What is Exercise Addiction?
Defined as “an unhealthy obsession with physical fitness and exercise”, it is often a result of degraded body image and/or an eating disorder, such as anorexia nervosa or bulimia. Exercise addicts exhibit behavioral compulsive traits similar to other types of addicts.
However, many times exercise addiction flies just under the radar when compared to other types of addictions. The challenge is defining what is “unhealthy” and “obsessive”.
But make no mistake about it, it can be just as destructive as any other type of addiction in that the mind forces the body to do more than it can eventually endure. The result – injuries, which further fuel the obsession to exercise even when the body is incapable.
Who is at Risk?
Exercise addicts may also be susceptible to other types of addictions. A study done by the University of California determined that 15% of exercise addicts were also addicted to cigarettes, alcohol or illicit drugs; they estimate 25% may be addicted to sex or shopping. It is interesting to note that some former addicts turn to exercise as a method of filling a void. However if not controlled, it can come down to trading one addiction for another.
Signs of Exercise Addiction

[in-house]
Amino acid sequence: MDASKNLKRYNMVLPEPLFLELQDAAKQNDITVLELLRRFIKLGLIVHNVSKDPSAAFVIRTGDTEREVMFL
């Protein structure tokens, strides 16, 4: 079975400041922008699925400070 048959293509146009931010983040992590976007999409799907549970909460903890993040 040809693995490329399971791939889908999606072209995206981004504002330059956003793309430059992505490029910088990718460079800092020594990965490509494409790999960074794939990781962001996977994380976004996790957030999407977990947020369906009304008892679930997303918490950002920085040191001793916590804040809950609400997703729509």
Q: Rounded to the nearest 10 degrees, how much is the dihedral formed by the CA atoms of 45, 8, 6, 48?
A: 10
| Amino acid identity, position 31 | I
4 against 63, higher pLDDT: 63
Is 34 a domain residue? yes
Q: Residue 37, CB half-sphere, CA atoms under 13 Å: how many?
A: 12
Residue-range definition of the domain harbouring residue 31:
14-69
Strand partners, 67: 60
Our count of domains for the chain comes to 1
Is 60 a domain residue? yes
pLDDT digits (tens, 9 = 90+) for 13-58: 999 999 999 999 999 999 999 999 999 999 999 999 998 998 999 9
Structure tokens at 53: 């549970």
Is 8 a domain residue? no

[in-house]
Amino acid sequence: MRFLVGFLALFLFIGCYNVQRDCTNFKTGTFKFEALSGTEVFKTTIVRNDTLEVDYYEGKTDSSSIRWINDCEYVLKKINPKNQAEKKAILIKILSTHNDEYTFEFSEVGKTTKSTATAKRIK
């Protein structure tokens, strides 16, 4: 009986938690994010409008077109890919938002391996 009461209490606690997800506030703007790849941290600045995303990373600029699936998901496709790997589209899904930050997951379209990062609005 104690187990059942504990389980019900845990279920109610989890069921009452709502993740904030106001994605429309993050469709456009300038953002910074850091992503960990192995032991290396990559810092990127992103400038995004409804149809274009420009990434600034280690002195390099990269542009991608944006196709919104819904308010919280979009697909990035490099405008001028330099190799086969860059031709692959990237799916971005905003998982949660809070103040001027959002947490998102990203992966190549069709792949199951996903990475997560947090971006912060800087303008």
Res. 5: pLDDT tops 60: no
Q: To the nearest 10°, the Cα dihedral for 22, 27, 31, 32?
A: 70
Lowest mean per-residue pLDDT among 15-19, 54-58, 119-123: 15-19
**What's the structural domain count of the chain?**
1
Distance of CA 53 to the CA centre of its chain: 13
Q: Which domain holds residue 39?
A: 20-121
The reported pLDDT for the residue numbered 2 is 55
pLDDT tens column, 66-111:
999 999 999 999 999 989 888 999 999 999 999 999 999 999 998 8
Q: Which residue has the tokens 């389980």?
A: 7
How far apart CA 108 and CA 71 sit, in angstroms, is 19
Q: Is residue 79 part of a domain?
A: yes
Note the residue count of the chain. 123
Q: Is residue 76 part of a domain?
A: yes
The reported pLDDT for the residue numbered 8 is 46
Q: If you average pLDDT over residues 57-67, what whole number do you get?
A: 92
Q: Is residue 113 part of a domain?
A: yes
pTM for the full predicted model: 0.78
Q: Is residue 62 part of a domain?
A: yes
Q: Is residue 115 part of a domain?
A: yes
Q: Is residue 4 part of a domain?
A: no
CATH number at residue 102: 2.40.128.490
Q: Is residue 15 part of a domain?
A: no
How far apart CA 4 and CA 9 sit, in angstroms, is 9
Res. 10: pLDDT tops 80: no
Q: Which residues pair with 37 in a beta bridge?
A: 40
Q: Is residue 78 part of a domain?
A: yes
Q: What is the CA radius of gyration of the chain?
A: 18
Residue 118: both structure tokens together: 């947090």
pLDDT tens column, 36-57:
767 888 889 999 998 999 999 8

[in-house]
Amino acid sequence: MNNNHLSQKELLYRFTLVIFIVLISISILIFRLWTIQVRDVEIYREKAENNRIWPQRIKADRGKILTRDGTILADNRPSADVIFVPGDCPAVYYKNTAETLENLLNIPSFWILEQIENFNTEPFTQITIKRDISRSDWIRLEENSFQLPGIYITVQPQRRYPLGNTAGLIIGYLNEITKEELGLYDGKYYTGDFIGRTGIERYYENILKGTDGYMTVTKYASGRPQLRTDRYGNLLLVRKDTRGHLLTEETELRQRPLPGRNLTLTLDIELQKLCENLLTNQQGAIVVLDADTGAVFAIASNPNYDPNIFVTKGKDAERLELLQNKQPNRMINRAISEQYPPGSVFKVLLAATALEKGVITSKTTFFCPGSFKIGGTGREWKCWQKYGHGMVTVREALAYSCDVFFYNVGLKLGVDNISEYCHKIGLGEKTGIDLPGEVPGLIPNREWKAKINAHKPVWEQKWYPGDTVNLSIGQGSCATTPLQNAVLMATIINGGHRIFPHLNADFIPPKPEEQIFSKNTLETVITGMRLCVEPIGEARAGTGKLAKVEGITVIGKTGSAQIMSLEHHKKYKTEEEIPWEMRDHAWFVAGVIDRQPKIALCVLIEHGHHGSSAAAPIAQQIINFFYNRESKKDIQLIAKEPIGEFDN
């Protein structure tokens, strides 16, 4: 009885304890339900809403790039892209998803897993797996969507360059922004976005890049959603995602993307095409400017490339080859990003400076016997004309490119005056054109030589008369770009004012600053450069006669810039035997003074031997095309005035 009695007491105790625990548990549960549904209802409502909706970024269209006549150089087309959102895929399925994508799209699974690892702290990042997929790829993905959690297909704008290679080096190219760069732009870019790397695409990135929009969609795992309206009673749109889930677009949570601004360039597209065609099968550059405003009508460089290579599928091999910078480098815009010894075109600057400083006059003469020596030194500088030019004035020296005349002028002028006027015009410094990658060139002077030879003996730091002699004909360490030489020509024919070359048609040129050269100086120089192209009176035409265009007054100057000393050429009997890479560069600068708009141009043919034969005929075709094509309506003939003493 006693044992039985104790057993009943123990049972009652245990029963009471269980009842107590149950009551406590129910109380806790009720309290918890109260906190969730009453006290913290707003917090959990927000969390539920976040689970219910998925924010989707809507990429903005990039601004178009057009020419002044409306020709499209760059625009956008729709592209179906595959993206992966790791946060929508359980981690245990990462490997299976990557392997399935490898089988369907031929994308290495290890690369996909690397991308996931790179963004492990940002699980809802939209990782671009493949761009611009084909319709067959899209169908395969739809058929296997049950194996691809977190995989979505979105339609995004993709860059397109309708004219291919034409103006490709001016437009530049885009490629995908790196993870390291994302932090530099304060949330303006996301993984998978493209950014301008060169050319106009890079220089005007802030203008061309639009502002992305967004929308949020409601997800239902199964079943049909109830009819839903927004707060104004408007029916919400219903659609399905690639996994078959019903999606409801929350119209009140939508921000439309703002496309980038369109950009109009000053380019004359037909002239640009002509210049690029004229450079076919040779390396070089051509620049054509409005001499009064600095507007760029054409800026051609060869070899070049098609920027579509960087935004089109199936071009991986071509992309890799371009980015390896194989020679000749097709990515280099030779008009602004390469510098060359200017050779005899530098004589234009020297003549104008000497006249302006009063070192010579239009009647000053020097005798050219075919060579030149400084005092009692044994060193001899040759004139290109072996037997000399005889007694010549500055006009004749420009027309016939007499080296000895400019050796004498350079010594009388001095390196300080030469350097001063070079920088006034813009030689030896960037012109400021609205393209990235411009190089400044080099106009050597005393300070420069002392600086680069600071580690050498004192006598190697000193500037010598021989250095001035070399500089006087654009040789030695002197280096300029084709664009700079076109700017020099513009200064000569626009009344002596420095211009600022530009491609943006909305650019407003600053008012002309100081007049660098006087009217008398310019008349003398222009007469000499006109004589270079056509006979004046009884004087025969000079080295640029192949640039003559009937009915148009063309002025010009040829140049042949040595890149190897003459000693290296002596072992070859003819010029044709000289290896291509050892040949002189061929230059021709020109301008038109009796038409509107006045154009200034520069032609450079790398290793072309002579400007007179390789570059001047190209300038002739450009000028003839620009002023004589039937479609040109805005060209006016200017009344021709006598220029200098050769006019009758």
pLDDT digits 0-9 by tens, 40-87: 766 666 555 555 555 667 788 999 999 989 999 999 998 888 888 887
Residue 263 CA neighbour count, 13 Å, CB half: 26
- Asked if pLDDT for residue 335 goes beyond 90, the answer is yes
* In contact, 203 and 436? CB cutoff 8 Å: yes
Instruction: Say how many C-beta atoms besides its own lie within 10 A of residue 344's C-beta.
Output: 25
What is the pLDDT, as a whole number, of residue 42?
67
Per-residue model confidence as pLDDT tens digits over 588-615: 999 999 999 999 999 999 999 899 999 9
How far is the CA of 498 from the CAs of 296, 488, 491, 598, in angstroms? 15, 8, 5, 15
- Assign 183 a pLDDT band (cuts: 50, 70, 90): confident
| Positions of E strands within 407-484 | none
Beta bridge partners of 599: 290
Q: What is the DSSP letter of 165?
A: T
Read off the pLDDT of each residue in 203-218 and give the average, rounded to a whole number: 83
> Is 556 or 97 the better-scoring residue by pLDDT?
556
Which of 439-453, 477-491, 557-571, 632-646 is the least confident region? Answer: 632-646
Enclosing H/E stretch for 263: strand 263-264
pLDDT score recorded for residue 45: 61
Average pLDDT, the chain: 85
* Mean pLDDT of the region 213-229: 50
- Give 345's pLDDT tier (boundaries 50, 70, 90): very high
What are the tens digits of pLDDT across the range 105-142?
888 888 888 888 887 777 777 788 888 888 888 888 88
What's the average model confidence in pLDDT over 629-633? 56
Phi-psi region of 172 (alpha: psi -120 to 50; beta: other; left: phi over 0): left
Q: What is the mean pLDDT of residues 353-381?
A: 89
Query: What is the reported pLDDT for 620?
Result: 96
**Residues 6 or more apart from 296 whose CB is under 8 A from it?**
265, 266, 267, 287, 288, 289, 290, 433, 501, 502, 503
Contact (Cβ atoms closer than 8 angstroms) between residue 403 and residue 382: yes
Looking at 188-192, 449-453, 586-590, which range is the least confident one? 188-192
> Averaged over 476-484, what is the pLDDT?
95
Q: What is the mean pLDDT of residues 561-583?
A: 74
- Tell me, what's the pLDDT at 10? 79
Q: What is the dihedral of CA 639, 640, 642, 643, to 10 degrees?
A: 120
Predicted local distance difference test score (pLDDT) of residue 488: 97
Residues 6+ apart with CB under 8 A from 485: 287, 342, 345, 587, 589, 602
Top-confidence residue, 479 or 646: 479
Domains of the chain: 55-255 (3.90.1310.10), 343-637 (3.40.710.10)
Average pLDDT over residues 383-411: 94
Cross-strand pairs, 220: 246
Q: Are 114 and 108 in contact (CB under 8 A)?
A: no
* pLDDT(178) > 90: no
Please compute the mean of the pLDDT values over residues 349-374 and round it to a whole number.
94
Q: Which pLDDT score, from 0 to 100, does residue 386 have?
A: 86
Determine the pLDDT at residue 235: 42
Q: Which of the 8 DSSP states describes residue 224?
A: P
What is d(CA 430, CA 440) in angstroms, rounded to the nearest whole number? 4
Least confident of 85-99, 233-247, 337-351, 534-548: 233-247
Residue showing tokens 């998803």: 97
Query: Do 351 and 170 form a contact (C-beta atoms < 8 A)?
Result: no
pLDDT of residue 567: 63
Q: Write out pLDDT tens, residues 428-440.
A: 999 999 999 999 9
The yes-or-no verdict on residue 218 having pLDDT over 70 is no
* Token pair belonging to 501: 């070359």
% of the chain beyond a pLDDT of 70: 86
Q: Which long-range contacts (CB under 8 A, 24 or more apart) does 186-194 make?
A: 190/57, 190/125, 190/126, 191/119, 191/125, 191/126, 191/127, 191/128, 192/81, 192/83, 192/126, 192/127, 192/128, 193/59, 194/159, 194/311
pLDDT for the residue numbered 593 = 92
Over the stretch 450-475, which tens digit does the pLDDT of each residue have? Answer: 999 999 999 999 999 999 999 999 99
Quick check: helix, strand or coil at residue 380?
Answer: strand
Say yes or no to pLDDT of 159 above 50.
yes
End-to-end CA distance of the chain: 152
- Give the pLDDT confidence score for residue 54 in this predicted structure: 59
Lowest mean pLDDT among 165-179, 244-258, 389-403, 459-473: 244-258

Like most forms of addiction, there are some telltale signs that you may be hooked:
- feeling “high” after exercising
- experiencing withdrawal symptoms after long periods without exercise
- uncontrollable desires to exercise
- reduced activities in other areas of life in order to make time for exercise
- long periods spent preparing for and recovering from exercise
- inability to stick to a reduced exercise routine
When the constant thought of working out controls your life, and starts to affect your family and work, you have an addiction problem.
Like with most addictions, your body gets “used to” the high at a particular level of exercising and it takes progressively more exercising to produce that high you have grown accustomed to expect. With those not addicted to exercising, they get the same high over and over with the same amount of exercising whereas you keep craving more and more.
Curing the compulsive desire to exercise is similar to curing other types of addictions. First, if you have other addictions, such as an eating disorder, work on curing those first as they may be a driving force behind your exercise addition. Second, rehabilitation can start only after you recognize that you have a problem.
Once you have the awareness, use self-control to modify and reduce the current amount of time spent exercising. In some cases abstinence until the desire has past may be required. This could take from several days to several weeks or months.